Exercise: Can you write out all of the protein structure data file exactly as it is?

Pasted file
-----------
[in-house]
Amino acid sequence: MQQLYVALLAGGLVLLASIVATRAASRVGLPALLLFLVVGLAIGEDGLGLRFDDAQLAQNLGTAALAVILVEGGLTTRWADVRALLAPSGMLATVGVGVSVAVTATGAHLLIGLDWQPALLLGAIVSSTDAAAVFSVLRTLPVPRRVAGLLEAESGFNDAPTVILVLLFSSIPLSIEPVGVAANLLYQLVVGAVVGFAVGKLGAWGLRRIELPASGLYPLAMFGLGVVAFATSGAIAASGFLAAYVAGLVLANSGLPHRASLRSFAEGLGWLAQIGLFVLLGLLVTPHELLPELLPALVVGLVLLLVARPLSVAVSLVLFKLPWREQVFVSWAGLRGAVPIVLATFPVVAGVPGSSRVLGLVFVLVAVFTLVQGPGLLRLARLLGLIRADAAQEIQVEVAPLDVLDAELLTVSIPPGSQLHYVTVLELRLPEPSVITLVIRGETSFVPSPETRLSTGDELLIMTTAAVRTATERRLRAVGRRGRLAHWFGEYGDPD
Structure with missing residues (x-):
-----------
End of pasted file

[in-house]
Amino acid sequence: MQQLYVALLAGGLVLLASIVATRAASRVGLPALLLFLVVGLAIGEDGLGLRFDDAQLAQNLGTAALAVILVEGGLTTRWADVRALLAPSGMLATVGVGVSVAVTATGAHLLIGLDWQPALLLGAIVSSTDAAAVFSVLRTLPVPRRVAGLLEAESGFNDAPTVILVLLFSSIPLSIEPVGVAANLLYQLVVGAVVGFAVGKLGAWGLRRIELPASGLYPLAMFGLGVVAFATSGAIAASGFLAAYVAGLVLANSGLPHRASLRSFAEGLGWLAQIGLFVLLGLLVTPHELLPELLPALVVGLVLLLVARPLSVAVSLVLFKLPWREQVFVSWAGLRGAVPIVLATFPVVAGVPGSSRVLGLVFVLVAVFTLVQGPGLLRLARLLGLIRADAAQEIQVEVAPLDVLDAELLTVSIPPGSQLHYVTVLELRLPEPSVITLVIRGETSFVPSPETRLSTGDELLIMTTAAVRTATERRLRAVGRRGRLAHWFGEYGDPD
Structure with missing residues (x-):